Australia, Companies, Features, Logistics

Why ESG? Why now?

Argon & Co has re-launched its sustainability offering to keep up with the requirements of today.

Argon & Co has recently revised and updated its ESG and sustainability offering. But why is ESG important? Why now? And where should companies start? MHD asks Argon & Co’s Frans Verheij and Maxime Van Hees these and other questions.

In an age where sustainable business practices are no longer just nice-to-haves but imperatives, Argon & Co is leading the charge in integrating Environmental, Social, and Governance (ESG) considerations into all its consultancy offerings. For this global management consultancy, ESG isn’t merely a buzzword or a checkbox but a driving force.

“Humanity must work together towards the common goal of amplifying future living environment by considering sustainable practices throughout every aspect,” says Maxime Van Hees, Consultant at Argon & Co.

“It starts with a personal driving force. It’s about recognising that change is needed, especially in a business context.”

But, of course, it’s not only about personal conviction. External and internal corporate pressures make it increasingly difficult for businesses to ignore the call for sustainable operations. 

Maxime highlights the “increased regulation in Europe and America, shifting consumer patterns, the financial market’s inclination towards sustainable businesses, and Climate Change affecting supply chains” as significant drivers in the push towards sustainability.

Frans Verheij – Former Partner of Argon & Co, who now occupies an emeritus Strategic Advisor position – builds on Maxime’s latter point, noting the increasing importance of regulatory compliance. 

“The government is taking action on issues like carbon emissions,” he points out, indicating that the days when businesses could choose whether to be sustainable are fast receding. “Soon, businesses won’t have a choice: the government will require them to be sustainable.”

And it’s not just the regulators businesses have to be wary of. In the age of social media and global connectivity, consumers are more informed and more vocal than ever before. Companies that don’t align their operations with sustainable and ethical considerations can suffer catastrophic consequences. 

“For instance, one of the most famous sport fashion brands faced backlash years ago for child labour allegations, halving its brand value overnight – a cautionary tale that we must all learn from,” Frans notes.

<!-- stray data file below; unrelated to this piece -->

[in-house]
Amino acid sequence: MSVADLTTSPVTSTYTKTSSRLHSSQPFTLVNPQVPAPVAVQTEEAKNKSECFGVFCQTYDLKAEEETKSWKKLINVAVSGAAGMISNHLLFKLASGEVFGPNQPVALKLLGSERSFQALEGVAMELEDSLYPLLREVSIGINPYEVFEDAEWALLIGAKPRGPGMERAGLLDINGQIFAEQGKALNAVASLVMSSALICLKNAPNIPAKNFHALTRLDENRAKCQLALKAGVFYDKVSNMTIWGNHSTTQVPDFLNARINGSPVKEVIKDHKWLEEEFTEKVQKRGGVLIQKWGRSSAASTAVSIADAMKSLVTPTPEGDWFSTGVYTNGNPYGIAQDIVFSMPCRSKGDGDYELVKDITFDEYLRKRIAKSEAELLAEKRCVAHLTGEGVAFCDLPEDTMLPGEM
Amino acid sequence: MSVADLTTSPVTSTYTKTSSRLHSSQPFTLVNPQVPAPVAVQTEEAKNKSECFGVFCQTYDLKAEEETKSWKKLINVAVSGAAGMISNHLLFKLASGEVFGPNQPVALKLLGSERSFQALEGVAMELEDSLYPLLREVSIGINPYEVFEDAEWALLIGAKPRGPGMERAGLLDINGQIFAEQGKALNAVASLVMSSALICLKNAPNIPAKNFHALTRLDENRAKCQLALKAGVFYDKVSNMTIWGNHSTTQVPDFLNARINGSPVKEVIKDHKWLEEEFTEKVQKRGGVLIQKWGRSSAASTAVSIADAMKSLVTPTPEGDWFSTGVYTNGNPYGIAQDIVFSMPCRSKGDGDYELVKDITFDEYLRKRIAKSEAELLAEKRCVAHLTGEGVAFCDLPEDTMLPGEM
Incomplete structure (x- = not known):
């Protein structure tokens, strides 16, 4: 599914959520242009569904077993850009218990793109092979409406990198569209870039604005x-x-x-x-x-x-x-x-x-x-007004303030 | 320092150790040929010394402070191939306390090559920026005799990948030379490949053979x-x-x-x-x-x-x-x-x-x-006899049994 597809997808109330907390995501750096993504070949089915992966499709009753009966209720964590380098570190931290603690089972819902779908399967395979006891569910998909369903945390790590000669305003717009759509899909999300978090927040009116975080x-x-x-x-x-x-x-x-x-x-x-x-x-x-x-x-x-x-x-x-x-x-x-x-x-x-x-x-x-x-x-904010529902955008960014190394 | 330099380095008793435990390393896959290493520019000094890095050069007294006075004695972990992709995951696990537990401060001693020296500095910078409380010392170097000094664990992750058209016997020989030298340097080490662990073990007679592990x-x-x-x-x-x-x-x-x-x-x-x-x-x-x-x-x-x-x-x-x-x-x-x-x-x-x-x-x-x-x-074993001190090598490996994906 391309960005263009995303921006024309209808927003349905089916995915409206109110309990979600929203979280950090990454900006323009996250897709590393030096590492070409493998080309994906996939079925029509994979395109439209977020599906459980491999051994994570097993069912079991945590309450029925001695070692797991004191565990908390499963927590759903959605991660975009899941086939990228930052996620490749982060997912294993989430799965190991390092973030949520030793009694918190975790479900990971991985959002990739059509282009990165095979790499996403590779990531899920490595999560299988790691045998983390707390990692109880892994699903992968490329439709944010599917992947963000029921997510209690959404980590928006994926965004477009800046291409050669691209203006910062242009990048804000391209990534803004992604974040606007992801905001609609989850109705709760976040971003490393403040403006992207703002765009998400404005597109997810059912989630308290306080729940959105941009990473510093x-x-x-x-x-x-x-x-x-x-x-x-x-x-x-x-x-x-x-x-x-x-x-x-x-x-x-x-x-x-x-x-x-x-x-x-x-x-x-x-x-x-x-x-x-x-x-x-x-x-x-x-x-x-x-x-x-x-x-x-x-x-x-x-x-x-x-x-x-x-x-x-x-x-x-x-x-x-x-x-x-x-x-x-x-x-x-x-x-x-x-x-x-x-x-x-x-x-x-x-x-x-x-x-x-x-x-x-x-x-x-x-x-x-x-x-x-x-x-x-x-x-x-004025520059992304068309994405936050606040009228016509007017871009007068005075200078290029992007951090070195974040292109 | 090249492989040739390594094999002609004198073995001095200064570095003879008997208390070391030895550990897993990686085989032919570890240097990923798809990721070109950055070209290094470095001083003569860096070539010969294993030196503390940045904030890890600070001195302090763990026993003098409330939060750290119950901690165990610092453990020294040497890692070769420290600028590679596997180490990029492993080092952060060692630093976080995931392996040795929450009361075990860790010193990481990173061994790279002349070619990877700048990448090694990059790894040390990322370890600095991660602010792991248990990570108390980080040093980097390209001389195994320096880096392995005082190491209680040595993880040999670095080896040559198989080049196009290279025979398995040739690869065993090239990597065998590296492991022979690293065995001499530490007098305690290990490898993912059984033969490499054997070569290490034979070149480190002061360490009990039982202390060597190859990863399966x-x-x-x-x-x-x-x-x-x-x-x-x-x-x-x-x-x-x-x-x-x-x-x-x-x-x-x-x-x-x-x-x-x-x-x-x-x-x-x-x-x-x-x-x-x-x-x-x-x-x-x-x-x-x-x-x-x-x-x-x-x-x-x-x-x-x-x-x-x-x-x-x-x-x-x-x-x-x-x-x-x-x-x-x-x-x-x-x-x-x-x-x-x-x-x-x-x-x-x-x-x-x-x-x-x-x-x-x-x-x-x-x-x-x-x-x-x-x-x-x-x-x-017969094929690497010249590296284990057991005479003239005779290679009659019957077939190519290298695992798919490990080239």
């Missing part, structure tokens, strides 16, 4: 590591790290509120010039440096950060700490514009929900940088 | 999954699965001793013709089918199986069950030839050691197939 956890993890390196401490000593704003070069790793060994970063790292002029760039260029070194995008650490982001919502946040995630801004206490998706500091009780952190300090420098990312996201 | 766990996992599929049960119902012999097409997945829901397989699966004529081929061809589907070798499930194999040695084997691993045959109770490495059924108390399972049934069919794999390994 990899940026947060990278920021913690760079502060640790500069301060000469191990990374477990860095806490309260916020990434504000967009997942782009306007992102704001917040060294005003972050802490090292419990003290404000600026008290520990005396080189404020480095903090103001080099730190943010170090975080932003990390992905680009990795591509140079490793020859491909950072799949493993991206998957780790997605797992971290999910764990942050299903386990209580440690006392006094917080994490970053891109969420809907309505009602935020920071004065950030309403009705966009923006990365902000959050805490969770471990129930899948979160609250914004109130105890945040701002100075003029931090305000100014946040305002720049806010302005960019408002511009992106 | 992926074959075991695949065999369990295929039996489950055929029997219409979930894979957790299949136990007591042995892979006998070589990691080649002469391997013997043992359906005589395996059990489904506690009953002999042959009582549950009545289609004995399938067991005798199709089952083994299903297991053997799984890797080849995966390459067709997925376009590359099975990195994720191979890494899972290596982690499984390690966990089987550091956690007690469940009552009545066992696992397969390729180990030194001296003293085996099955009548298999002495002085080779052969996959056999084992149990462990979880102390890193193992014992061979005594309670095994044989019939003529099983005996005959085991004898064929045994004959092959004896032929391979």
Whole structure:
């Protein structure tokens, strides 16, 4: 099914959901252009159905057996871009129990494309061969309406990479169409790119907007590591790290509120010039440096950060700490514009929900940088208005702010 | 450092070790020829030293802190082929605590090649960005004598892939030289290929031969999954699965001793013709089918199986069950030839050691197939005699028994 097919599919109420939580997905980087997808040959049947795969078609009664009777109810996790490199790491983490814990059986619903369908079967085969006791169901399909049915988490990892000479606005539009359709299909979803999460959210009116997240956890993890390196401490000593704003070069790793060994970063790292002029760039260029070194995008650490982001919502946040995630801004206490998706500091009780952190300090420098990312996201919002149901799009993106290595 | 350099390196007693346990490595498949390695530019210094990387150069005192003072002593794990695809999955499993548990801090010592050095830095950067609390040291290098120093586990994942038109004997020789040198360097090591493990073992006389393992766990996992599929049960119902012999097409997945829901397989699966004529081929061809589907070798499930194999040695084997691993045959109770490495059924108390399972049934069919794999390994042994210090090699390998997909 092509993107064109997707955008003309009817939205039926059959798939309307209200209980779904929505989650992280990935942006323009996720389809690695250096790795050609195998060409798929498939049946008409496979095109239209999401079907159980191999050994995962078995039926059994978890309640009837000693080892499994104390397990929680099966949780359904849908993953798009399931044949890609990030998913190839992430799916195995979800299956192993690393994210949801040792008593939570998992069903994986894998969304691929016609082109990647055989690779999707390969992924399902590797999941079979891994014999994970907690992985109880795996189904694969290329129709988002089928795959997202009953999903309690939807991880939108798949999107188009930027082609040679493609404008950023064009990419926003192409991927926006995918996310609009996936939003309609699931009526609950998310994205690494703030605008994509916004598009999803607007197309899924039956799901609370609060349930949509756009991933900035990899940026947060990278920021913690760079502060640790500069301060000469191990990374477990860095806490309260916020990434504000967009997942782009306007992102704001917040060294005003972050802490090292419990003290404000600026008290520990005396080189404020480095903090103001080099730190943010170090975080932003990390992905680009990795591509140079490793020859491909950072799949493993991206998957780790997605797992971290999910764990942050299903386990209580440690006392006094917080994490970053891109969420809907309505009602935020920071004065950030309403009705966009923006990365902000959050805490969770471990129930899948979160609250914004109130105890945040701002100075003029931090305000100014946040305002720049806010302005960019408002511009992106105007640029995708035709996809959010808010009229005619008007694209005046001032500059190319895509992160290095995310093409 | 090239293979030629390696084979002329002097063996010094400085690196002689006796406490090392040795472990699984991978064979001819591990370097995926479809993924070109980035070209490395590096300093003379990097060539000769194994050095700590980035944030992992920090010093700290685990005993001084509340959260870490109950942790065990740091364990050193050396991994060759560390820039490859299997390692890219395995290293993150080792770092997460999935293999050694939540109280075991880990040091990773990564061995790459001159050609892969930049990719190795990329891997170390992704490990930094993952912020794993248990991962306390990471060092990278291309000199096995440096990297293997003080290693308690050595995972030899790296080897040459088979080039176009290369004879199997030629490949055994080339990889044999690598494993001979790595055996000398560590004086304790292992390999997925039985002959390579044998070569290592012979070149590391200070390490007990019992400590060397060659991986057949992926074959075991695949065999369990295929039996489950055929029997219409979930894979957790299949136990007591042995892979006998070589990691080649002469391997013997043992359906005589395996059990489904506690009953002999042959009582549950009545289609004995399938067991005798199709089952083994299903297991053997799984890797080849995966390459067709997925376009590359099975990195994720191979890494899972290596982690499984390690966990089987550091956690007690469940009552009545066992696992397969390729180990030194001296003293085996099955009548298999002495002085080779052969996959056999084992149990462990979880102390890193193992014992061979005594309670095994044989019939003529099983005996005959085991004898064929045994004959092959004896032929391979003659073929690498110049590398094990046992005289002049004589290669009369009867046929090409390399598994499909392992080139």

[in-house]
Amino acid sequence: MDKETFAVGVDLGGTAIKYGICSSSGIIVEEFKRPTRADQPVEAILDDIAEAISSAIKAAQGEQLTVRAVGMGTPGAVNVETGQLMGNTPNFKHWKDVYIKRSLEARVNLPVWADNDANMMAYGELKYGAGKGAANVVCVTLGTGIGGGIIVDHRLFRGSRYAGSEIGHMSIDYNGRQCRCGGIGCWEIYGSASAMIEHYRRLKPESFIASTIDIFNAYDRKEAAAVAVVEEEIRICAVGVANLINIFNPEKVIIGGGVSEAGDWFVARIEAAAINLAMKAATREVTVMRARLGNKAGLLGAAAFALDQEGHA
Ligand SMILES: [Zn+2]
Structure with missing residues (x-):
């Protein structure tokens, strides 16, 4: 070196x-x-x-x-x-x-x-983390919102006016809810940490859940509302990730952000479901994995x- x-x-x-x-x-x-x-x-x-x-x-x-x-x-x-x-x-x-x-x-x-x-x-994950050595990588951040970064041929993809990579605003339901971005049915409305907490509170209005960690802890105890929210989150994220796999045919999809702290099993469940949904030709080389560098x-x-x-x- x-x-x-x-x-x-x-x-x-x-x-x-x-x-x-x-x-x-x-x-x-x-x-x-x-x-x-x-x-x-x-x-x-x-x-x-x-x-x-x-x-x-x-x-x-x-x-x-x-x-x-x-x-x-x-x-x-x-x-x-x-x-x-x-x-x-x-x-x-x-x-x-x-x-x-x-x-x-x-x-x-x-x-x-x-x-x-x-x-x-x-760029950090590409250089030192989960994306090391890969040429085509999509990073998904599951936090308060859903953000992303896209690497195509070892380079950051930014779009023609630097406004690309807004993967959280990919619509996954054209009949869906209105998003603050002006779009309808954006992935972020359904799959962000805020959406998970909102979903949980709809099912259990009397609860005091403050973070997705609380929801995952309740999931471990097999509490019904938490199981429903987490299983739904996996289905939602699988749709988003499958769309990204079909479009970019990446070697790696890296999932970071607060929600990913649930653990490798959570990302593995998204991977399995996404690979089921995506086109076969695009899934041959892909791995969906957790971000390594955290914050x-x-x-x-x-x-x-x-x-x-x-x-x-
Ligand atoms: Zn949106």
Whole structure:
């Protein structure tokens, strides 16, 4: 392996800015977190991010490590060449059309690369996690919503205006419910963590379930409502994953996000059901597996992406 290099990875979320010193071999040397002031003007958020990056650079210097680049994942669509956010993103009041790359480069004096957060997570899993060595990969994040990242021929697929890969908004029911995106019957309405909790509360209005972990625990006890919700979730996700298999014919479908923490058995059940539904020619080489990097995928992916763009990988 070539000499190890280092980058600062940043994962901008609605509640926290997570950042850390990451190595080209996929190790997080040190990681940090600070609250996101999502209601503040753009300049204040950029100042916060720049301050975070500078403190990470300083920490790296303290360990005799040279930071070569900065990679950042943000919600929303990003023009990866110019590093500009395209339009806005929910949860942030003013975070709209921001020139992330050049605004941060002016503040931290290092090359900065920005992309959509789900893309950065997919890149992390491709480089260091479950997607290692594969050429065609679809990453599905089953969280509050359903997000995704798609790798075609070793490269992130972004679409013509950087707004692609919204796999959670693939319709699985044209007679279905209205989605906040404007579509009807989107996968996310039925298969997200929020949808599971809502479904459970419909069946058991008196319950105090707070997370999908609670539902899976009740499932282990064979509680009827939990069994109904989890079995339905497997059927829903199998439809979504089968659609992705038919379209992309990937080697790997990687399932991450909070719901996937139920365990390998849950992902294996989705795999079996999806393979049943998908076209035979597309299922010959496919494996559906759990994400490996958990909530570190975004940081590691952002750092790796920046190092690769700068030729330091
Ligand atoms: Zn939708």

Yet, beyond the regulatory and consumer pressures, there is an elemental, undeniable reality that businesses must face. 

“We have limited natural resources,” Frans continues, expressing his disappointment at the promotion of natural gas consumption in Australia. “Given the finite nature of such resources and the existence of sustainable alternatives, it’s time we re-evaluated our priorities.”


The vast expanse and abundant resources of Australia present both unique challenges and opportunities for businesses venturing into the realm of sustainability. Delving deeper into the intricacies of ESG integration within supply chains and operations, Maxime and Frans shed light on the journey businesses must undertake in the Australian landscape.

“The key,” Maxime begins, “is for every business to adopt a sustainability strategy and vision. The first thing is actually to commit to have one and set out the main priorities and targets. But after that, there are myriad opportunities that can be tapped into.” 

Emissions and waste reduction, product development, circular economy, transport efficiency, alternative energy sources, and smart planning emerge as leading frontiers for businesses to reimagine and reinvent. 

“We should think about environmentally friendly alternatives, ethical sourcing, and treating waste as a resource for new applications,” she continues. 

Identifying these opportunities – let alone executing on a strategy that would make the most of them – is no easy feat. But the journey of a thousand miles begins with a single step. The trouble is many Australian companies falter even at that outset, unsure of which direction to take. 

“Companies often want to become sustainable but don’t know where to start,” Maxime explains. “Moreover, even as companies venture forth on this path, many grapple with measuring their impact and reporting it, often stumbling because of a lack of resources.

Frans, echoing Maxime’s sentiments, highlights a critical aspect of this journey: leadership. 

“This shift needs to start from the boardroom,” Frans says. “While Australia’s immense resources and vast landscapes might have lulled companies into a sense of complacency in the past, the time for action is now. A few pioneers, like Patagonia, are setting the pace, but many still lag.”